The plant cell is surrounded by a tough yet pliant extracellular matrix, called the cell wall (see Box 1 for definitions of plant-specific terms). While animal cells make an extracellular matrix, few of them are surrounded by it as completely as is nearly every plant cell. The cell wall is so ubiquitously and intimately associated with the plant cell that one is tempted to consider the wall as one more organelle, albeit a large one. Indeed, the cell wall space defines a compartment, known as the apoplast. However, the cell wall is unquestionably outside of the plasma membrane and for that reason extracellular. Far from being a random entangled network, for example like an agarose gel, the cell wall is highly organized (Fig. 1A). The organization makes the cell wall mechanically anisotropic, a property that is required by morphogenesis to channel expansion into anisotropic shapes, such as stems and leaves. How does information from the cell flow across the plasma membrane to constrain the construction of cell wall?

Box 1 

Defining terms.

Apoplast: The continuum formed by cell walls, airspaces, and dead cells, such as the water conducting xylem.

Arabidopsis thaliana: The “fruit fly” of plant biology; that is, a species chosen for utility in research rather than for its economic relevance.

Cell wall: The polysaccharide-rich extracellular matrix that surrounds every plant cell.

Cellulose: The general name for polymers of β 1 → 4 linked glucose associated into a crystalline or semi-crystalline fibril.

Cellulose microfibril: The typical form of cellulose in vascular plants, with a minimal diameter of ~3 nm and an indefinite length.

Cellulose synthase: The multi-peptide complex at the plasma membrane that synthesizes a cellulose microfibril.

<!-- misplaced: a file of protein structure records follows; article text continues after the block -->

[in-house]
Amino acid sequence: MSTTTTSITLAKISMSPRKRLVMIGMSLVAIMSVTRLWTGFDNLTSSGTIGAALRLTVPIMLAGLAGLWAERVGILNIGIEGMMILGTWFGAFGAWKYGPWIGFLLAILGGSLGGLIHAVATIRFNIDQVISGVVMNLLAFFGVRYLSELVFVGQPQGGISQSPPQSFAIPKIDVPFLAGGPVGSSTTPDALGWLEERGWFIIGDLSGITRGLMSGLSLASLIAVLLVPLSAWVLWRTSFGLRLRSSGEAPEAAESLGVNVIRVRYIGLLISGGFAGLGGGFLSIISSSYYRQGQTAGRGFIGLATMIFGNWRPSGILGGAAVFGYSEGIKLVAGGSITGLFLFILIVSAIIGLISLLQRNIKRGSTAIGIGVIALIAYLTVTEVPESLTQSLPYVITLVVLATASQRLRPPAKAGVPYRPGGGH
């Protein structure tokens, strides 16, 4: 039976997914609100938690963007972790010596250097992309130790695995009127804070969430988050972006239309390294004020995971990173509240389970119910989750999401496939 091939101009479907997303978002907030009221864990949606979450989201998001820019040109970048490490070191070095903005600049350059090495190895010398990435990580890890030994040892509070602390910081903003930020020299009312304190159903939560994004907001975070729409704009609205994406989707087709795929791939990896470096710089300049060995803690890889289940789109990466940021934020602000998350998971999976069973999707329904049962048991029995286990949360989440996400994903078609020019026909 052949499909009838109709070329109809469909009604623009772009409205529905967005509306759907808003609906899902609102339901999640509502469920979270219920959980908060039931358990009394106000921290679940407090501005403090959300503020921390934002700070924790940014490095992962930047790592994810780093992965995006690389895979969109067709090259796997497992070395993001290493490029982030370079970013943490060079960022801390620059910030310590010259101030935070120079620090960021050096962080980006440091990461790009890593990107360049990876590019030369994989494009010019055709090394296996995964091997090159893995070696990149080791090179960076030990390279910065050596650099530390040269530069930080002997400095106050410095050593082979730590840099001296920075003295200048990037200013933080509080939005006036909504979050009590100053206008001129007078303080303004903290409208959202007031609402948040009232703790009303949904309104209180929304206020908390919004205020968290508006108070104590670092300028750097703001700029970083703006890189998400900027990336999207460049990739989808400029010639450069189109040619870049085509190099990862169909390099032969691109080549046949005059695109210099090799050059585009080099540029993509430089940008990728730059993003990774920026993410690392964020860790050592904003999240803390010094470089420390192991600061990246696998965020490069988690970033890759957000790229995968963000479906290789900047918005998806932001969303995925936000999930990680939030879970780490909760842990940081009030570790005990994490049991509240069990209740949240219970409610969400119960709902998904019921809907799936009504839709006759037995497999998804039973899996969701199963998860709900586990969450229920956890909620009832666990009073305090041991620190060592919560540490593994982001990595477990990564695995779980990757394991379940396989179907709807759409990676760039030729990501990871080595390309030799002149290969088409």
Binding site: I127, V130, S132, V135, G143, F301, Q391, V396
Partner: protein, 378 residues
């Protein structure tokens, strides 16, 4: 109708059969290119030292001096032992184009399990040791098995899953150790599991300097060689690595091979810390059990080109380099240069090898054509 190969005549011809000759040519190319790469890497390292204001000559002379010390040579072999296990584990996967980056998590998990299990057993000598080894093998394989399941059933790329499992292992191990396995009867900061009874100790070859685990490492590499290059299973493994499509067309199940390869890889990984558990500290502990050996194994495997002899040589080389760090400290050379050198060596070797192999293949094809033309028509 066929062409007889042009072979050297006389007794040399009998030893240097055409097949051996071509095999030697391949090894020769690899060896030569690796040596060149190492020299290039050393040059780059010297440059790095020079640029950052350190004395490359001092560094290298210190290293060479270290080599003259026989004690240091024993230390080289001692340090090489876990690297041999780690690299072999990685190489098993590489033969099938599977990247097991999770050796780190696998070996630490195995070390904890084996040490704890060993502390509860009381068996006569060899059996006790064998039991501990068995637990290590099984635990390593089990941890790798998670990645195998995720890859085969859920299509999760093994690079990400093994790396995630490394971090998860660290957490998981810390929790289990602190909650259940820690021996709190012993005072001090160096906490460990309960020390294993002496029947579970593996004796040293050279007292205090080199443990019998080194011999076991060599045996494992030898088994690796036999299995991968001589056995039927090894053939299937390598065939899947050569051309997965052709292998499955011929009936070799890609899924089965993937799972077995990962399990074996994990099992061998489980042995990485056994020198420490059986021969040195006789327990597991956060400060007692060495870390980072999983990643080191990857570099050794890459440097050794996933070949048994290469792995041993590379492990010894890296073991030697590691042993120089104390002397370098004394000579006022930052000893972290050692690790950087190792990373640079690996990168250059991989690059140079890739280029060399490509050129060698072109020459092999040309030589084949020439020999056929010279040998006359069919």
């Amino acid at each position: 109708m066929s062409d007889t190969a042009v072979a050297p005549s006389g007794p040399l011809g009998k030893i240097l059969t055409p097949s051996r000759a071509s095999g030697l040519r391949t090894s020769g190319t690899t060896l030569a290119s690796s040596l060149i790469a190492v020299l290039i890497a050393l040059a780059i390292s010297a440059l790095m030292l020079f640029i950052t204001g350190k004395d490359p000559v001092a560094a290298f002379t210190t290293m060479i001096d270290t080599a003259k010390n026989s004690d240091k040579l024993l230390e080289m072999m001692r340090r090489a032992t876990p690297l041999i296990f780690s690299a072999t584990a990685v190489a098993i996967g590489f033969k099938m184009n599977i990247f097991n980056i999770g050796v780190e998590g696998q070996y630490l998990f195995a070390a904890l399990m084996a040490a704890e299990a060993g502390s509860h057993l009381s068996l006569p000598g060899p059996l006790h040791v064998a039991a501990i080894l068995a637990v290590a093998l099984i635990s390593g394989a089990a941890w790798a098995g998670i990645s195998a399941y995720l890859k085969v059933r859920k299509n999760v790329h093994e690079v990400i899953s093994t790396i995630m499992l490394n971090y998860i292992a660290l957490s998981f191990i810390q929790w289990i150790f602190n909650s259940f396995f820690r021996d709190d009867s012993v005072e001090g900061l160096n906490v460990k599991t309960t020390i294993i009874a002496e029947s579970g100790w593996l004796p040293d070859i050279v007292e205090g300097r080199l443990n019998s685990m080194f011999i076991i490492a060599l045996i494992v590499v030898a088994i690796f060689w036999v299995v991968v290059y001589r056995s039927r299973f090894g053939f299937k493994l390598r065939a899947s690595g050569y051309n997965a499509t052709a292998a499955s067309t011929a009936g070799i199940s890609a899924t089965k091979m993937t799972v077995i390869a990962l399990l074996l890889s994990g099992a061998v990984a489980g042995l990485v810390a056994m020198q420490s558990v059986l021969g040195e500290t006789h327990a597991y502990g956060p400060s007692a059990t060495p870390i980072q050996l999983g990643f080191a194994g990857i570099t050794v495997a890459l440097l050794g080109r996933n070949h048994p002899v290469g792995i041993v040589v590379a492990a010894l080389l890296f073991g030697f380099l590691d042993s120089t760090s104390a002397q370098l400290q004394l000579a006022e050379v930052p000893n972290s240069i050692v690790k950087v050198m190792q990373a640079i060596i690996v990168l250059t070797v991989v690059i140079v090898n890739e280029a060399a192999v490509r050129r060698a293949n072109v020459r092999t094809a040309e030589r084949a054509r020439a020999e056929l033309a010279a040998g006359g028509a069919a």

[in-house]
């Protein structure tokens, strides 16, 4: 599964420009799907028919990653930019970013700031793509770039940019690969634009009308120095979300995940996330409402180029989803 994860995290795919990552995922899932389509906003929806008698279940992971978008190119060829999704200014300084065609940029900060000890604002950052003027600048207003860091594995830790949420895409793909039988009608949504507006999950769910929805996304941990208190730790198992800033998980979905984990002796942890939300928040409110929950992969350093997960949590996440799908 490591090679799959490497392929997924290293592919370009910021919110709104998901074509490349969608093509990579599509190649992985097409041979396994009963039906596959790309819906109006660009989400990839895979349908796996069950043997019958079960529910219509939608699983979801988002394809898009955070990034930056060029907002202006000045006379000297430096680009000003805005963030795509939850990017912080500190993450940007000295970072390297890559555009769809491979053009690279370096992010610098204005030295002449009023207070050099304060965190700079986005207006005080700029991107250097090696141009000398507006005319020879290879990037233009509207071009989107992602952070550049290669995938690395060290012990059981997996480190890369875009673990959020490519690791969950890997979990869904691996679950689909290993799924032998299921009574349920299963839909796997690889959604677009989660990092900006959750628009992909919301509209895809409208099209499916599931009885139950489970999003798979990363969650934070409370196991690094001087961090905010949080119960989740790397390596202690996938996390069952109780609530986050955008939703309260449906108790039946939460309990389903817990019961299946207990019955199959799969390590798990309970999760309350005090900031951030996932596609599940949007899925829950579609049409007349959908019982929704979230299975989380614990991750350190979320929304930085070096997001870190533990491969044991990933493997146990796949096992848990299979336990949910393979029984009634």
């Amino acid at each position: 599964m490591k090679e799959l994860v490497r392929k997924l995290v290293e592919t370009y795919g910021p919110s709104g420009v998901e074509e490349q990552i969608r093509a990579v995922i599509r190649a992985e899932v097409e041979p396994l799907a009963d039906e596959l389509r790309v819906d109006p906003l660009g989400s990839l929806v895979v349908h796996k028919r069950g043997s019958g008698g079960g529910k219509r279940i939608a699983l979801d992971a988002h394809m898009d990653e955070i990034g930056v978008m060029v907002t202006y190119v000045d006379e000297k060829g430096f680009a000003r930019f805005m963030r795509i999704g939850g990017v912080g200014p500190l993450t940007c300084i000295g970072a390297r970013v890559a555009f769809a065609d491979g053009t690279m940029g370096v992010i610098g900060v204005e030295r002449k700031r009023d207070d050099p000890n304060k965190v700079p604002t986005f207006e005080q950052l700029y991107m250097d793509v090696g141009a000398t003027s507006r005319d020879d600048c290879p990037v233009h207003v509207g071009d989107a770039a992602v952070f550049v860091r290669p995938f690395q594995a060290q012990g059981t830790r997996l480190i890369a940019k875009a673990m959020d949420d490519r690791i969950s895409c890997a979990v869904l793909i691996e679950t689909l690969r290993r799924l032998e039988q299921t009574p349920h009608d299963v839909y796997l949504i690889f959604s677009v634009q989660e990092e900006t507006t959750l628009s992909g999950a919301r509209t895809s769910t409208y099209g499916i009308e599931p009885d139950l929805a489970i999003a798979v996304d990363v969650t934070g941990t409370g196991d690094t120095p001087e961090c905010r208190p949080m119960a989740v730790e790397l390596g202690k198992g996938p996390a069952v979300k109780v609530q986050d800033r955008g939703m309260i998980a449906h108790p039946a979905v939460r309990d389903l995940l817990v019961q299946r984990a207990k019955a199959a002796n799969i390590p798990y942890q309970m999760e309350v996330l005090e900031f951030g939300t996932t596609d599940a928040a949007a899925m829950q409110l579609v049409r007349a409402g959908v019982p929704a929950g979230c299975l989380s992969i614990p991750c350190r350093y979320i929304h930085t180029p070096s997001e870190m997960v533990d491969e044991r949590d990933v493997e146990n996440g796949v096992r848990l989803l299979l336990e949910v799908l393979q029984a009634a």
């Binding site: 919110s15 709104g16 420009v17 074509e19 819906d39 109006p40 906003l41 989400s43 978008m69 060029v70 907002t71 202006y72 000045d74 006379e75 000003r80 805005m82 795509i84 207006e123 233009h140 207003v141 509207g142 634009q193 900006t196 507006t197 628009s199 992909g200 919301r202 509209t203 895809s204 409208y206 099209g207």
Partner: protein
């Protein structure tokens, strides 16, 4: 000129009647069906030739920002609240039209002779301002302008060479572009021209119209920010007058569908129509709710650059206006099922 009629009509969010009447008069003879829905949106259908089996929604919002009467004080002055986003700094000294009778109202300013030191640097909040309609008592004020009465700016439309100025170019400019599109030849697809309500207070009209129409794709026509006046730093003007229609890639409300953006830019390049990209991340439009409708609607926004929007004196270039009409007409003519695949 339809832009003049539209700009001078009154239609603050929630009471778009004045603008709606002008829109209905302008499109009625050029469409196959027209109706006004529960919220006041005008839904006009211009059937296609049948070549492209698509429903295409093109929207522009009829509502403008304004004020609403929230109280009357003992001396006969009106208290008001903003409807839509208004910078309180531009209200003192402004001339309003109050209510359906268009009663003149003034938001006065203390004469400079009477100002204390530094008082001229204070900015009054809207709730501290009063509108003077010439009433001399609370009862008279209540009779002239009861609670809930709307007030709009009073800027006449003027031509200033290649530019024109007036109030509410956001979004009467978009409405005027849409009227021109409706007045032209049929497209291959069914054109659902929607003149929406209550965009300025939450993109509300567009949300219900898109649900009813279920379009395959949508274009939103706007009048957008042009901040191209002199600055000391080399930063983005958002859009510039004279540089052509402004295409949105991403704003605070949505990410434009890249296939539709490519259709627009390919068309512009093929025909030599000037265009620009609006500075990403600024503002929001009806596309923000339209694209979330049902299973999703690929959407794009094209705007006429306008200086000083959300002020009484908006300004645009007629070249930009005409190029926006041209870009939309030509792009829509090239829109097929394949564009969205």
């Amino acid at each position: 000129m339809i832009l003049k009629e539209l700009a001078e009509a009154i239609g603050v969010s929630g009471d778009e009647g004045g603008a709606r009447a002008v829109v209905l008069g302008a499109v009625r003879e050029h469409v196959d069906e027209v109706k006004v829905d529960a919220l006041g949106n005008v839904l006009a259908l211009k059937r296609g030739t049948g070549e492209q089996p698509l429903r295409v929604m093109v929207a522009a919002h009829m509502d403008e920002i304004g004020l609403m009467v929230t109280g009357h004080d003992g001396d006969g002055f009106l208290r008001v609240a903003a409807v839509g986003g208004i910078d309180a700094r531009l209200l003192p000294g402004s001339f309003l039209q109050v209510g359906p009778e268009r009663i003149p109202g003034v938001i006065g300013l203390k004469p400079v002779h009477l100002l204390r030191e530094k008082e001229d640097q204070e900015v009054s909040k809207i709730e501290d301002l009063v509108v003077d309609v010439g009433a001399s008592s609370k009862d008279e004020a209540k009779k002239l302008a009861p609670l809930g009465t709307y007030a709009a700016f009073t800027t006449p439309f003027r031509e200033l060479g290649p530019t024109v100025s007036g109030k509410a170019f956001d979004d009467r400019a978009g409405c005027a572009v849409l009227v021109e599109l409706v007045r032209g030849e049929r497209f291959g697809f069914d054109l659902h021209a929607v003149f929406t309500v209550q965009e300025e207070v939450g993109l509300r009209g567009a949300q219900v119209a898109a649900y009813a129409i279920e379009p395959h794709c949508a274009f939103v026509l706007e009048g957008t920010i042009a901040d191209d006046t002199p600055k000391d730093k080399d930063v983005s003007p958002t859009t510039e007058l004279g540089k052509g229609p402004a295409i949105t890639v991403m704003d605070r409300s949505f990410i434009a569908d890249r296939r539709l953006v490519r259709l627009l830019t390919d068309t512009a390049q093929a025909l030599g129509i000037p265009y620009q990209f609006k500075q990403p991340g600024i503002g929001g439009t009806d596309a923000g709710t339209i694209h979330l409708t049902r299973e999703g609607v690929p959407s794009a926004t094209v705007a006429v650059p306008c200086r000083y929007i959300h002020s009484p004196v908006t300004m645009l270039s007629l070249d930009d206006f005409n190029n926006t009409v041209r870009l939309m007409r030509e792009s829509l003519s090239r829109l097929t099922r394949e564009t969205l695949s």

Cellulose synthase A (CESA): The polypeptide thought to be responsible for catalyzing the reaction where UDP glucose is added to the growing chain of polymerized glucose.

Cortical array of microtubules: An array of mainly parallel microtubules in the cell cortex associated closely with the plasma membrane, present in essentially all plant cells during interphase.

Rosette: A synonym for the cellulose synthase complex, based on its hexameric appearance in the electron microscope.

In contrast to the animal cell’s extracellular matrix, the plant cell wall is chiefly polysaccharide. The functional analog of the protein, collagen, is the polysaccharide, cellulose. Structurally, cellulose comprises unbranched polymers of glucose linked side by side in a (partly) crystalline array and stabilized by a network of hydrogen bonds dense enough to give cellulose a tensile strength rivaling steel.1,2 The crystalline array comprises a few dozen of the unbranched polymers, forming a structural unit called the cellulose microfibril. The degree of polymerization of each glucose chain is on the order of ten thousand, similar to the scale of the cell itself. Such a molecule could be packaged into a secretory vesicle only by wizardry and, lacking magic wands, cells synthesize cellulose at the plasma membrane. This is accomplished by a multi-subunit complex called cellulose synthase. At its cytosolic side, this complex reacts with UDP-glucose and extrudes polymerized glucan chains into the extracellular space. Each synthase complex probably makes 18 to 36 chains that somehow associate or crystallize into a microfibril. As the chains are extended, the cellulose synthase moves along the plasma membrane, presumably powered by the energy released from hydrolyzing UDP-glucose or crystallization.

Mechanistic details about the synthesis of cellulose are scarce, primarily because the reaction proceeds with great difficulty in vitro,3 and frustratingly not at all in extracts from the model plant, Arabidopsis thaliana, the species in which most of the genetic evidence relating to cellulose synthesis has been obtained. Genetics have implicated a family of putative glycosyl transferases, called cellulose synthase A (CESA), and it appears that a functional cellulose synthase complex requires three distinct CESA family members.1,2 An antibody against a CESA labels a hexameric structure, termed a rosette, that is abundant in freeze-fracture images of the plasma membrane.4 This, along with genetics and estimations of the lateral dimensions of a microfibril have led to a model where each cellulose synthase is a rosette, containing 36 CESA polypeptides, with each (or possibly each pair) synthesizing a glucose chain. However, we know neither how CESA proteins are organized within a rosette nor what other proteins, if any, are also components of the complex, although sucrose synthase is likely.5